Sir Vincent Hunter Kennett-Barrington (known as Barrington until 1884) (3 September 1844 – 13 July 1903) was a barrister, businessman, humanitarian and politician.
He was born in Italy and was the eldest son of Vincent Frederick Kennett, a retired East India Company captain and his wife Arabella Henrietta née Barrington. His mother was co-heir of Sir Jonah Barrington, and he assumed her additional surname on her death in 1884.
Educated at Eton and Cambridge, and was called to the bar in 1872. He was involved in the British League of the Order of the Hospital of St John of Jerusalem (parent organisation of St John's Ambulance) and of the National Aid Society which became the Red Cross. He performed humanitarian work in France during the Franco-Prussian War of 1870-71. He subsequently performed similar work during the Carlist War in Spain (1873–75), the Serbo-Turkish War (1876–77), and the Turko-Russian War (1877–78).
He returned to the the United Kingdom in 1878, marrying Alicia Georgette Sandeman of the wine-making family. His extensive business interests led to him being appointed to commissions of the Brussels, Melbourne and Paris Universal Exhibitions. In 1883 he was elected to the London Chamber of Commerce & Industry, becoming its deputy chairman in 1889.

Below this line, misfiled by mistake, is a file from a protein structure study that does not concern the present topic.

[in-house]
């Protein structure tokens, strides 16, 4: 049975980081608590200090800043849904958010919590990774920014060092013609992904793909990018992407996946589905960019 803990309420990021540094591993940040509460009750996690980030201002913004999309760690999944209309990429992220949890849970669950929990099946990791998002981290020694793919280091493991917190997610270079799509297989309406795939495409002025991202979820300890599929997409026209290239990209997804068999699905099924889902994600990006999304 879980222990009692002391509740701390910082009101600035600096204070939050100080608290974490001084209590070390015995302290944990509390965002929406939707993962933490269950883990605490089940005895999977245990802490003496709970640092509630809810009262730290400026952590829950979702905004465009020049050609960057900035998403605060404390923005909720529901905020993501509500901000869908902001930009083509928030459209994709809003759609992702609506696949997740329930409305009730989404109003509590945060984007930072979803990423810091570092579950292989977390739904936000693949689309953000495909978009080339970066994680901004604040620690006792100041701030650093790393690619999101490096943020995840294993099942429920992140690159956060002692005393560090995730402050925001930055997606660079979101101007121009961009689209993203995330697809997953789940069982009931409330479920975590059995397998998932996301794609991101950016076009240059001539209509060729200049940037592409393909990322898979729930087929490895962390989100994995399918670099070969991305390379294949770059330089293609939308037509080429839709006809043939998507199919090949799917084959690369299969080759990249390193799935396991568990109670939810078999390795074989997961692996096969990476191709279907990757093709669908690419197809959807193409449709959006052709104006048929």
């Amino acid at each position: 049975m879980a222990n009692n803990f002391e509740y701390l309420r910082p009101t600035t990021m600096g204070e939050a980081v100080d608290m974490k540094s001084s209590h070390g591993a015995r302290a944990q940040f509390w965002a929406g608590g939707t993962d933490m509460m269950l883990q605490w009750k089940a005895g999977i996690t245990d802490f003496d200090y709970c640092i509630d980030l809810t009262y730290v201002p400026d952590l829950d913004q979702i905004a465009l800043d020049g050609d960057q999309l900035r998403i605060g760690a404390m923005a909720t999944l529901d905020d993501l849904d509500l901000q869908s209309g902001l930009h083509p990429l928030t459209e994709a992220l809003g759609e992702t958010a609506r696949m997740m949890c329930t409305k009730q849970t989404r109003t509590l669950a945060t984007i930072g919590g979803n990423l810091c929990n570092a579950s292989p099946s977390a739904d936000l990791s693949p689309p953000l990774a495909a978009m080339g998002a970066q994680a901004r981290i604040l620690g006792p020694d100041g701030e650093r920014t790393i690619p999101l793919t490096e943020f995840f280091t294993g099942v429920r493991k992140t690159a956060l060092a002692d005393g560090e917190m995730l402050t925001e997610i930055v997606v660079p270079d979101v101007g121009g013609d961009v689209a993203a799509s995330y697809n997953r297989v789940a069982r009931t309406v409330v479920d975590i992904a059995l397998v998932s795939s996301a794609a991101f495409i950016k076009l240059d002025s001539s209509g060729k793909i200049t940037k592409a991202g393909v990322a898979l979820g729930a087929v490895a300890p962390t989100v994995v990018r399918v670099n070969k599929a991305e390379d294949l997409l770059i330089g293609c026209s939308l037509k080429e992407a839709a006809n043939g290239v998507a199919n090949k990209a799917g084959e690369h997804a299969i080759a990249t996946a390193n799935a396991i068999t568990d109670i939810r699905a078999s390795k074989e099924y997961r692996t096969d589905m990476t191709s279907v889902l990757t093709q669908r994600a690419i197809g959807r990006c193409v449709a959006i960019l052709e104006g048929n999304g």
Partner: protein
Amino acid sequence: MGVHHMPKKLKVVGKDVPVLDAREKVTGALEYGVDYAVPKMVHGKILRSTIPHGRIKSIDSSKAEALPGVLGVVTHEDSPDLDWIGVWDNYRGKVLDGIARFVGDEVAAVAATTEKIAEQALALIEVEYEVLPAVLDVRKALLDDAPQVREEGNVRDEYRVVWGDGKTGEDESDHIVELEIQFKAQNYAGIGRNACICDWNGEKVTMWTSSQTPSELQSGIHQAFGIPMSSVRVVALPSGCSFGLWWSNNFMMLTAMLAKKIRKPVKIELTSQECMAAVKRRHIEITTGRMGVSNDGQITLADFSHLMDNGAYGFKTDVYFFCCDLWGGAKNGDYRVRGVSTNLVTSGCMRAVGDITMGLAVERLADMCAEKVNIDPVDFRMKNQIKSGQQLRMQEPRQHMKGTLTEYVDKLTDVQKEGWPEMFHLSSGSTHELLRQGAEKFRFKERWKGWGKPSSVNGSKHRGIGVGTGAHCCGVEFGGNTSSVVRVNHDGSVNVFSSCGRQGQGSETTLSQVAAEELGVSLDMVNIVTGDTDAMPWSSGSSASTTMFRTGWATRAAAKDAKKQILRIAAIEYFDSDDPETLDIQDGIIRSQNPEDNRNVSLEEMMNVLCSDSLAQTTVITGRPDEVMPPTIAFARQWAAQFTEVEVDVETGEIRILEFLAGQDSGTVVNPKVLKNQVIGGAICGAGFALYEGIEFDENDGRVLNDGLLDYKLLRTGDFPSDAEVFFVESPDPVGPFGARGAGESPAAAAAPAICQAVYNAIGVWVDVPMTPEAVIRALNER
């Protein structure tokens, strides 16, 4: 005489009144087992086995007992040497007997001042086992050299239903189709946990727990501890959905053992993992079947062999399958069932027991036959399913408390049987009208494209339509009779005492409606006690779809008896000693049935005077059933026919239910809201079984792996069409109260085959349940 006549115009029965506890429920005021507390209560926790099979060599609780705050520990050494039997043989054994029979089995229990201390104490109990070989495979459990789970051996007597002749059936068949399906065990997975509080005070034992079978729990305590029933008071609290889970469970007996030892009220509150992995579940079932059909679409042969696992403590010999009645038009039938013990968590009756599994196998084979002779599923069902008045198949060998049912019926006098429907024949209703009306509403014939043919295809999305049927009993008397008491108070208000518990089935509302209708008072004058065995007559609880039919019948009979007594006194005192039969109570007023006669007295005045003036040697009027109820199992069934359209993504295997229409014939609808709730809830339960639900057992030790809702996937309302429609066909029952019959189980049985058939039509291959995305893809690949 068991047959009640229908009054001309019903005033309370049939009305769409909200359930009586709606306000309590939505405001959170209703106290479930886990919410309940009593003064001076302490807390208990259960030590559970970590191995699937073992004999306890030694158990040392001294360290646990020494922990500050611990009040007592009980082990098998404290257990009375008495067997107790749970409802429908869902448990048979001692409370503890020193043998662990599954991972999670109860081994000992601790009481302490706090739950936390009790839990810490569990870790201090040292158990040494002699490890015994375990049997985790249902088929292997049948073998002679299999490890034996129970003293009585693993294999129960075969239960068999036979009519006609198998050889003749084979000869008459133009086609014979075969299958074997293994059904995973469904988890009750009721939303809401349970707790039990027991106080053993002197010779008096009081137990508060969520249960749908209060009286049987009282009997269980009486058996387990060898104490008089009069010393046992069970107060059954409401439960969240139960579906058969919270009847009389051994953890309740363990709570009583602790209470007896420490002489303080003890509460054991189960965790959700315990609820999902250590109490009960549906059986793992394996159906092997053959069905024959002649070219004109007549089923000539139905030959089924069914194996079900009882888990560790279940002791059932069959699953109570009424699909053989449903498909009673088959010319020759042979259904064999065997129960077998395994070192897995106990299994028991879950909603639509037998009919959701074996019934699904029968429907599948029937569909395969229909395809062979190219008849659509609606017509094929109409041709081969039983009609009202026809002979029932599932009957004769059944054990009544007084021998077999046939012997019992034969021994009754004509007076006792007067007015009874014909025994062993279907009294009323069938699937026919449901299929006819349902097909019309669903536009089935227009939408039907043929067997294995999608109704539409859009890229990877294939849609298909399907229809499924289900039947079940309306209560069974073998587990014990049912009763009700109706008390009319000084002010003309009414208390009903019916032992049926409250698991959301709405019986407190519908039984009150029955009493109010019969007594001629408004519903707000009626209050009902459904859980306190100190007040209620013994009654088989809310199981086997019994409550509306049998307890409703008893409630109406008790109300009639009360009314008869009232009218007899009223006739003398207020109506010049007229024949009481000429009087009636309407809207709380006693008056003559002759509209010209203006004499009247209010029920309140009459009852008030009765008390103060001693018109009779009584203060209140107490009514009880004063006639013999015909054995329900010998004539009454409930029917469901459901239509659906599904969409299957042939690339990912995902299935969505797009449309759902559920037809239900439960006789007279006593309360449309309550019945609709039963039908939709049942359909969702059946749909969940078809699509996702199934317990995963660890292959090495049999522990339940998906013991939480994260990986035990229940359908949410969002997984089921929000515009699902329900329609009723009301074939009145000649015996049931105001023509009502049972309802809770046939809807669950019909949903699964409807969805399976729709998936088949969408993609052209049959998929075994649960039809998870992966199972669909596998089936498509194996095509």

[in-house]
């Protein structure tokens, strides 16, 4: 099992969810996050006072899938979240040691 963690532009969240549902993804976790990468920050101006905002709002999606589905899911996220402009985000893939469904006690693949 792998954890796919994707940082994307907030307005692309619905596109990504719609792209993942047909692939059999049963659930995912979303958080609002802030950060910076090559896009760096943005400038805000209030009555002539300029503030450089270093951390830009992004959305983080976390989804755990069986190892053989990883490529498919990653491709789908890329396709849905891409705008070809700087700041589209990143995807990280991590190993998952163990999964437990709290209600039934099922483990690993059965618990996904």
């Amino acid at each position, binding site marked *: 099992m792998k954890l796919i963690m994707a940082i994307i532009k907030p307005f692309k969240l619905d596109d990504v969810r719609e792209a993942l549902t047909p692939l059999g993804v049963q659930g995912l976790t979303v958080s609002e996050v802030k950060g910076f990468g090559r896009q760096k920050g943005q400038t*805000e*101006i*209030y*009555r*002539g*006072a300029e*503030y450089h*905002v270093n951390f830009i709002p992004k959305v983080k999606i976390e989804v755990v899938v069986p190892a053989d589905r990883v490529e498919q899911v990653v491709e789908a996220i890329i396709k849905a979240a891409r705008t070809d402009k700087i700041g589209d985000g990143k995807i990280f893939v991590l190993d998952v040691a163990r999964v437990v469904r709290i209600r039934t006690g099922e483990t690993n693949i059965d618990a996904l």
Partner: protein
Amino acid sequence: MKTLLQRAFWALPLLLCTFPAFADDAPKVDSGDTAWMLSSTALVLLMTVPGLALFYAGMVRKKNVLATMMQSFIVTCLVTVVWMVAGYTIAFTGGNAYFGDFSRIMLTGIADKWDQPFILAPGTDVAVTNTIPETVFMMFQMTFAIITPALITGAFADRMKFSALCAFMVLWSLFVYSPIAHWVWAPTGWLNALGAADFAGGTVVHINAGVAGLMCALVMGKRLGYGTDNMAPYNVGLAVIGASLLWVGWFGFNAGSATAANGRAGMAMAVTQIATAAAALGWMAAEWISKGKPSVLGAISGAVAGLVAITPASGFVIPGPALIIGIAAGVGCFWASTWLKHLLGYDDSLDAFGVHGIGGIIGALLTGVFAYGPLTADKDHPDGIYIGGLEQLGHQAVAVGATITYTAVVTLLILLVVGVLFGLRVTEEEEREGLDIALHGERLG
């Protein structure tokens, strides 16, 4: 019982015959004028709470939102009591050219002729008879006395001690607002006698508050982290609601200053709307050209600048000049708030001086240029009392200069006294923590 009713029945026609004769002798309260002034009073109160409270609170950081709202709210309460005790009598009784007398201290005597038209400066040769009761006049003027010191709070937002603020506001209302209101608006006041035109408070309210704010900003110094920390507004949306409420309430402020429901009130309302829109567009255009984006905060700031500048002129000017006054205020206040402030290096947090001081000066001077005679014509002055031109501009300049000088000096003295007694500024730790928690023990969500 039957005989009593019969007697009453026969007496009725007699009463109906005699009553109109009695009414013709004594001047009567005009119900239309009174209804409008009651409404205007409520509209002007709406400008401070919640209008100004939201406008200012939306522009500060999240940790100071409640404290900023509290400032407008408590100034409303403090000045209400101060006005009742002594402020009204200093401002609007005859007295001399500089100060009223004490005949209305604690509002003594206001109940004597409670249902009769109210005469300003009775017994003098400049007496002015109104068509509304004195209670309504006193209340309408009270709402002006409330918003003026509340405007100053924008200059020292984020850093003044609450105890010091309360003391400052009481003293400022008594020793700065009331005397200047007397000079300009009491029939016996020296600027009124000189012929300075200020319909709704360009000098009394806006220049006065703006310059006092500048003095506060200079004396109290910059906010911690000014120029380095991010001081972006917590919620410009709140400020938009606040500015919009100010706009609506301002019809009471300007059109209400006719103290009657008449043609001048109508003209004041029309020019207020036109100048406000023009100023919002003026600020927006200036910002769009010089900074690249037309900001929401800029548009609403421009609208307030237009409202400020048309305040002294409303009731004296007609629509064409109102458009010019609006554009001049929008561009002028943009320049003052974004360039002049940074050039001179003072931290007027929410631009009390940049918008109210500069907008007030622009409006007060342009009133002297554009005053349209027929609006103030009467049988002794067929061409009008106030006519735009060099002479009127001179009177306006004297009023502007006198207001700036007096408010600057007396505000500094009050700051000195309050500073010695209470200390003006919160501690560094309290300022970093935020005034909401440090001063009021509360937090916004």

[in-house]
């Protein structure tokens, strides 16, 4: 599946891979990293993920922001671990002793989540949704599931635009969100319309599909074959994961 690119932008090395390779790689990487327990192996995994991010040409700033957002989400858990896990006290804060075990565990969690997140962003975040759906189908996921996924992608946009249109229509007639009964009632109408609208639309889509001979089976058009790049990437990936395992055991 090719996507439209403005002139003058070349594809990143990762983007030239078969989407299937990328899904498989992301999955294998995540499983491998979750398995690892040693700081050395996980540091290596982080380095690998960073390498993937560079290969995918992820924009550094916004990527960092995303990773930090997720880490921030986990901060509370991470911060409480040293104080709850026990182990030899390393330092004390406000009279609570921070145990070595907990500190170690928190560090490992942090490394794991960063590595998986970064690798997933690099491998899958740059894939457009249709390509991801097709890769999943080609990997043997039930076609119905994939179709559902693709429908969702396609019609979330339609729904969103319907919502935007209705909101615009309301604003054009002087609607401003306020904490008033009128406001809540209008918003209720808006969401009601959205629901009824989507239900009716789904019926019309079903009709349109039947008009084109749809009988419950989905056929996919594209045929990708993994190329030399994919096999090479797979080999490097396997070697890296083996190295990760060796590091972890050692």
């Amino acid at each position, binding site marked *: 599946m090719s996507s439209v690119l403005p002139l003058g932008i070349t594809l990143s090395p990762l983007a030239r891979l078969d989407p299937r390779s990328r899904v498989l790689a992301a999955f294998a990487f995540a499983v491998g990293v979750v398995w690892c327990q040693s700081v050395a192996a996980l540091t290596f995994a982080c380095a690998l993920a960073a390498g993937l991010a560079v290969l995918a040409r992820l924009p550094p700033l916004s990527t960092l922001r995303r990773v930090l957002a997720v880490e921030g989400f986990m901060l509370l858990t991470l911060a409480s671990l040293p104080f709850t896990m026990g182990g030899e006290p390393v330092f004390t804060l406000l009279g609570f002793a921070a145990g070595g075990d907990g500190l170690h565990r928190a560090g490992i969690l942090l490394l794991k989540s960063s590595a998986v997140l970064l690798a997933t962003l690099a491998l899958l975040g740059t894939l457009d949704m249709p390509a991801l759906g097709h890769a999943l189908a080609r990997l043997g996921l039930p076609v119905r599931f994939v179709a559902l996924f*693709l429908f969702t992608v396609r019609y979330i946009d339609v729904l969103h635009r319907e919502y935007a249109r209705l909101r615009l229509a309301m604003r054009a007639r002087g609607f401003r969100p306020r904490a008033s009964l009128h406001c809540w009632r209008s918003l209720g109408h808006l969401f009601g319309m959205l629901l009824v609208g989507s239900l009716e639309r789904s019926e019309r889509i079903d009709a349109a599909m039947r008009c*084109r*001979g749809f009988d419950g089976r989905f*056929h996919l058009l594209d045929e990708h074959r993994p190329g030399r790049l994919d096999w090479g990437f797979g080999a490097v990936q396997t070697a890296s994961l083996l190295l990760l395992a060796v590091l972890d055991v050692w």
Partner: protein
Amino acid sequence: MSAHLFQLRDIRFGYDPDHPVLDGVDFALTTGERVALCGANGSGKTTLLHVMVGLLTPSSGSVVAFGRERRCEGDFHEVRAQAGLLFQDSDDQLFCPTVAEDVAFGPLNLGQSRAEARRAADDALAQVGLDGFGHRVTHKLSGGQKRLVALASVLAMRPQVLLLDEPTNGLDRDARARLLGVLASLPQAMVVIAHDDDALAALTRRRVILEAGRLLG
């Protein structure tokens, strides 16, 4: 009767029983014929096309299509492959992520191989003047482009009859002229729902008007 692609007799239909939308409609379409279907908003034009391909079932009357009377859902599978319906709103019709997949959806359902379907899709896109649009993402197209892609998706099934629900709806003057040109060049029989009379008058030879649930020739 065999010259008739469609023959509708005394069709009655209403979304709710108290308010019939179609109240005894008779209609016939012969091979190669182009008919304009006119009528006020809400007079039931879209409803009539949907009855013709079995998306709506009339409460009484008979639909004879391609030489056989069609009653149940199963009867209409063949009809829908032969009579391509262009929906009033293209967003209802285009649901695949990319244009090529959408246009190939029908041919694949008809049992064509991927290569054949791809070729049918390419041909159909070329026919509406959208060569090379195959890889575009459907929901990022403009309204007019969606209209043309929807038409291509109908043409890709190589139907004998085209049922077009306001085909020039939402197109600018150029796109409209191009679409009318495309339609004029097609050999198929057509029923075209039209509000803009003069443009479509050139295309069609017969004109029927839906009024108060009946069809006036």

He resumed his humanitarian work during the the Sudan expedition and the Serbo-Bulgarian War of 1885. He was knighted in 1886.
He died at his Knightsbridge home from injuries received in a ballooning accident.
He published a number of books including:
- River Pollution (1883)
- Hospital and Ambulance Organisation of the Metropolitan Asylums Board (1893)
- Floating Hospitals for Infectious Cases (1883)
- Ambulance Organisation of the Metropolis during Epidemics (1884).
'First aid to the battlefront: life and letters of Sir Vincent Kennett-Barrington (1844–1903)' can be found here